Picture of the Day: Arp 302 or VV 340, Two Colliding Galaxies

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NASA calls it the cosmic exclamation point because its glowing structure resembles that of the punctuation mark. Scientists know it, mostly, as VV 340 or Arp 302. Shown in this composite image with optical information provided by the Hubble Space Telescope (red, blue and green) and data from the Chandra X-ray Observatory (purple), VV 340 is actually made up of VV 340 North and VV 340 South, two colliding galaxies in the process of spinning into one another. Astronomers suspect that the two will merge million of years from now and they watch with fascination as they believe VV 340 provides a textbook example, one that will serve as a blueprint for how our own Milky Way will collide with Andromeda billions of years from now. VV 340 sits about 450 million light years away from us here on Earth.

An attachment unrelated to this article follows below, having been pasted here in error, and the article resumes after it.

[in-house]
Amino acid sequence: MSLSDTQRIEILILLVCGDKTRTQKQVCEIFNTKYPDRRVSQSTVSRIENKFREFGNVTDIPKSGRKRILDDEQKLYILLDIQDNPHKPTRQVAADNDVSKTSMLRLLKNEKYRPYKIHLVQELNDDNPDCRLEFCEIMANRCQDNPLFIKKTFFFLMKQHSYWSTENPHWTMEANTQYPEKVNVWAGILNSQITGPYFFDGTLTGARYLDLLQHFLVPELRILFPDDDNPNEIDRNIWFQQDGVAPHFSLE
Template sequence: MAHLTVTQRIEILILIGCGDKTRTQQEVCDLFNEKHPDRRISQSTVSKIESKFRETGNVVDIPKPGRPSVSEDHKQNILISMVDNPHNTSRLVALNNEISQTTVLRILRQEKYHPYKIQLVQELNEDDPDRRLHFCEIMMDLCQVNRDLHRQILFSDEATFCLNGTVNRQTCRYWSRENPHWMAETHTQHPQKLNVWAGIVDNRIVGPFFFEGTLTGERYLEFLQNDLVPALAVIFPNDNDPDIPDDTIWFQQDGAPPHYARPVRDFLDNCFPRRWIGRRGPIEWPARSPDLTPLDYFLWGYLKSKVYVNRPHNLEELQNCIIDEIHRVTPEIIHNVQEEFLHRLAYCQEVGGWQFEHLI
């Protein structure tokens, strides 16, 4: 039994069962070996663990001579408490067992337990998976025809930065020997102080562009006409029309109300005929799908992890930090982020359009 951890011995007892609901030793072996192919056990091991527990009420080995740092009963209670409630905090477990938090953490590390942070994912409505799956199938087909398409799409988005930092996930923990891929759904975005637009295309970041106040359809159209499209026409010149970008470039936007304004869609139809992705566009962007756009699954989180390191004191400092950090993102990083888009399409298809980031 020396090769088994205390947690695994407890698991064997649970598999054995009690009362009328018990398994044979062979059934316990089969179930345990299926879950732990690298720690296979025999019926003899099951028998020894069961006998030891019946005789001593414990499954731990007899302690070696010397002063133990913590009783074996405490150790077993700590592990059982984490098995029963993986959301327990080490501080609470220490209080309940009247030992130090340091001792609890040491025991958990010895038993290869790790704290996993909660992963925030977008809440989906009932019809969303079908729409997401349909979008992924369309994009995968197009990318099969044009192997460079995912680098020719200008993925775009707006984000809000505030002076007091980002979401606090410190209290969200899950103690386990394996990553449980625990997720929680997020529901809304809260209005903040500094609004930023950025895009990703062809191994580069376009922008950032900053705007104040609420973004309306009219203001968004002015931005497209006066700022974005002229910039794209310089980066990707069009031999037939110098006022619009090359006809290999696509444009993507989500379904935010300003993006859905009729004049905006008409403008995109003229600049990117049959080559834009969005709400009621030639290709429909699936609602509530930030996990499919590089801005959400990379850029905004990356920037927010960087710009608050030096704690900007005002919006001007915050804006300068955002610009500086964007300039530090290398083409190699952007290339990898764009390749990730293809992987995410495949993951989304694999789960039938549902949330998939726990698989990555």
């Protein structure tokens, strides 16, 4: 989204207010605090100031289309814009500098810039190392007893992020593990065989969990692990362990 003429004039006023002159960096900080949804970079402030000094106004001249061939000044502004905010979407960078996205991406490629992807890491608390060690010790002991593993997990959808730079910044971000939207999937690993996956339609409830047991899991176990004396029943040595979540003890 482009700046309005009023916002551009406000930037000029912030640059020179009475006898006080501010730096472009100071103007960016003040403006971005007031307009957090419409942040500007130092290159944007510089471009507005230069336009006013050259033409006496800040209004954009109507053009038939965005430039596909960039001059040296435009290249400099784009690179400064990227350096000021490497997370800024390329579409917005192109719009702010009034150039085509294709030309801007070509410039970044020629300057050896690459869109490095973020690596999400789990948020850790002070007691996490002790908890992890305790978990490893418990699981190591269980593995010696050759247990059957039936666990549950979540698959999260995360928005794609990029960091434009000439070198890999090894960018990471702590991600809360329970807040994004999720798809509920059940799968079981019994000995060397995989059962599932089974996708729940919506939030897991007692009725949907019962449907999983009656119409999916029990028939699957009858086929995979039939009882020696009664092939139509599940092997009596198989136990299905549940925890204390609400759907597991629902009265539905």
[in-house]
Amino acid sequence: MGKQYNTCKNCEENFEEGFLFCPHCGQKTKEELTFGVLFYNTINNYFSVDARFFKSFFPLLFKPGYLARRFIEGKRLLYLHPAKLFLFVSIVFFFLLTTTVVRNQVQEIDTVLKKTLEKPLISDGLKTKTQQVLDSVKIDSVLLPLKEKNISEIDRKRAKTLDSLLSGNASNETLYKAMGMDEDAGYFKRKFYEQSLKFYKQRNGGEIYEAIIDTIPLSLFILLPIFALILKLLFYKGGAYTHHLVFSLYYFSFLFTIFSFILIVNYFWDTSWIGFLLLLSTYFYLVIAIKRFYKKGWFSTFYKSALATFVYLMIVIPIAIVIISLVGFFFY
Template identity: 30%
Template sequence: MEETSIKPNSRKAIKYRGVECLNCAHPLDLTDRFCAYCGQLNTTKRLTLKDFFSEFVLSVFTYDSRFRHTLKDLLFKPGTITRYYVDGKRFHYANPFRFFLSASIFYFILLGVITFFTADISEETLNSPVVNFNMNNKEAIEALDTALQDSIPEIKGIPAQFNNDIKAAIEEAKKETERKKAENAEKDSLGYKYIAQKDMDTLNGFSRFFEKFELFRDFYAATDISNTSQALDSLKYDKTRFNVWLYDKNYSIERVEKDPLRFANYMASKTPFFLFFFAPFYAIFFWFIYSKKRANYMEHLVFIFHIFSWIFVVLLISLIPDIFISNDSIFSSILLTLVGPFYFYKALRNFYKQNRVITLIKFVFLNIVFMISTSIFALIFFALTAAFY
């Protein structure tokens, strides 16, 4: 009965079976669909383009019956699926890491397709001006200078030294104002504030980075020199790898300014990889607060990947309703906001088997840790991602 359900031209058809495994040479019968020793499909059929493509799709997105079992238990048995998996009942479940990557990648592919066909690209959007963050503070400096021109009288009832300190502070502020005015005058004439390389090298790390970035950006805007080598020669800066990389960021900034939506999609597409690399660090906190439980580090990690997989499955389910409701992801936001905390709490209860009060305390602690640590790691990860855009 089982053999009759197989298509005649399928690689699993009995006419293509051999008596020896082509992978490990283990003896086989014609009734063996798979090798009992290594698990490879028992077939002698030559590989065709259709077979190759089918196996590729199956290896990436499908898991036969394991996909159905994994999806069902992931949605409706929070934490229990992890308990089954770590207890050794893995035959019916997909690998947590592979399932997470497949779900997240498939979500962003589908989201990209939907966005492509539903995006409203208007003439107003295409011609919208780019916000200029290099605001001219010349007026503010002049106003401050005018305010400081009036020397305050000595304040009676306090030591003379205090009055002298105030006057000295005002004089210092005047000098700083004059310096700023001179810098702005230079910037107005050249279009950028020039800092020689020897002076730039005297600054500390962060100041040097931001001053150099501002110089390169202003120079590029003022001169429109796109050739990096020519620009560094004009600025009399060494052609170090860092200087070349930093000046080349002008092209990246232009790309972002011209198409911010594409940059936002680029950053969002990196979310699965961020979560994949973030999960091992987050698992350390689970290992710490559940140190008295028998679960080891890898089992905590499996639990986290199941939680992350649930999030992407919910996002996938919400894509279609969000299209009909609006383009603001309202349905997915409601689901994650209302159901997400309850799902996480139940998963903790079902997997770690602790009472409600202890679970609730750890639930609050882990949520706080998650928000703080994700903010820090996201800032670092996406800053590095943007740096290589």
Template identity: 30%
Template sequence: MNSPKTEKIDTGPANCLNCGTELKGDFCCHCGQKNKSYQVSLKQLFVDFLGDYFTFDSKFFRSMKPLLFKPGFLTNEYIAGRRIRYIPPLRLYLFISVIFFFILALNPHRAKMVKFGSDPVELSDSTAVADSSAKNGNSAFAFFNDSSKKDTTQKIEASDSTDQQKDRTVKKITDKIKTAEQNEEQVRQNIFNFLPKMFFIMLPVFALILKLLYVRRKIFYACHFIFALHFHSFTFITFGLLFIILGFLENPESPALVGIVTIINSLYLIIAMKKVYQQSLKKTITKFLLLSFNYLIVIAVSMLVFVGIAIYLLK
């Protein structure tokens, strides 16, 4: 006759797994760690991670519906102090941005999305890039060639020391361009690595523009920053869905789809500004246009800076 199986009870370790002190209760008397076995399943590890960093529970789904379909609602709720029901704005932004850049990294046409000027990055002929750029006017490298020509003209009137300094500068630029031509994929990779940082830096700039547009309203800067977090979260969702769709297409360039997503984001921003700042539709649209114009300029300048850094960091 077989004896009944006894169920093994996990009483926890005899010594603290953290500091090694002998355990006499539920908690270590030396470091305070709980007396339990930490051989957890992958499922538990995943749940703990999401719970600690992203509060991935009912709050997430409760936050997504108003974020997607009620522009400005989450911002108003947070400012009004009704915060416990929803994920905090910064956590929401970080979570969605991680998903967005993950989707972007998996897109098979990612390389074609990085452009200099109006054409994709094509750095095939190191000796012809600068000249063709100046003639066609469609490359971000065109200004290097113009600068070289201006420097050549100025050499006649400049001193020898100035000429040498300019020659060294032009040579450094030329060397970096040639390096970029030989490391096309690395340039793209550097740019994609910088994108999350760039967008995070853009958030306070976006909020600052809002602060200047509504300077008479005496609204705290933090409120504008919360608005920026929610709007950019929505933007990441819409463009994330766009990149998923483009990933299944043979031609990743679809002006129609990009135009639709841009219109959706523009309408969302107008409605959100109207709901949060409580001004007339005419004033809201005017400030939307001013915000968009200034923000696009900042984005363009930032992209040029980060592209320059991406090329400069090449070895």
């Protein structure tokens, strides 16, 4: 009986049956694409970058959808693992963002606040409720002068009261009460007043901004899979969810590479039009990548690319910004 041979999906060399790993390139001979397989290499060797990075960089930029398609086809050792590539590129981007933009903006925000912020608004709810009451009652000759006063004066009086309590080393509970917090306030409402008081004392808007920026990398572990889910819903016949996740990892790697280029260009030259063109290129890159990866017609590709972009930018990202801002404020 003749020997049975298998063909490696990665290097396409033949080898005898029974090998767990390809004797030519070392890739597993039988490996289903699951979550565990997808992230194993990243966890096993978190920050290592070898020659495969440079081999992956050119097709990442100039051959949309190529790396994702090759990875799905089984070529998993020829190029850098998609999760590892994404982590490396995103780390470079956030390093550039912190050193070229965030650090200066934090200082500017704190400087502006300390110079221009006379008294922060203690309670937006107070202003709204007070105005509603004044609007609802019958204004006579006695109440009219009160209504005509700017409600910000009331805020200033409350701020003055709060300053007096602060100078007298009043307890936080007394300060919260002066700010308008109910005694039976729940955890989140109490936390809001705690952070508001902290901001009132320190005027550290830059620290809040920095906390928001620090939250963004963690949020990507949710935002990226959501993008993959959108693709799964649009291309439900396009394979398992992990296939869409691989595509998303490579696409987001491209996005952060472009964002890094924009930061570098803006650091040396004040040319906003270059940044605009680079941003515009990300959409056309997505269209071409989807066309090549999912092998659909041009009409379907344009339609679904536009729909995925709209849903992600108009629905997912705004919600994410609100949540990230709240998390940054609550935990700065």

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Image: NASA.

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Nicholas Jackson is a former associate editor at The Atlantic.

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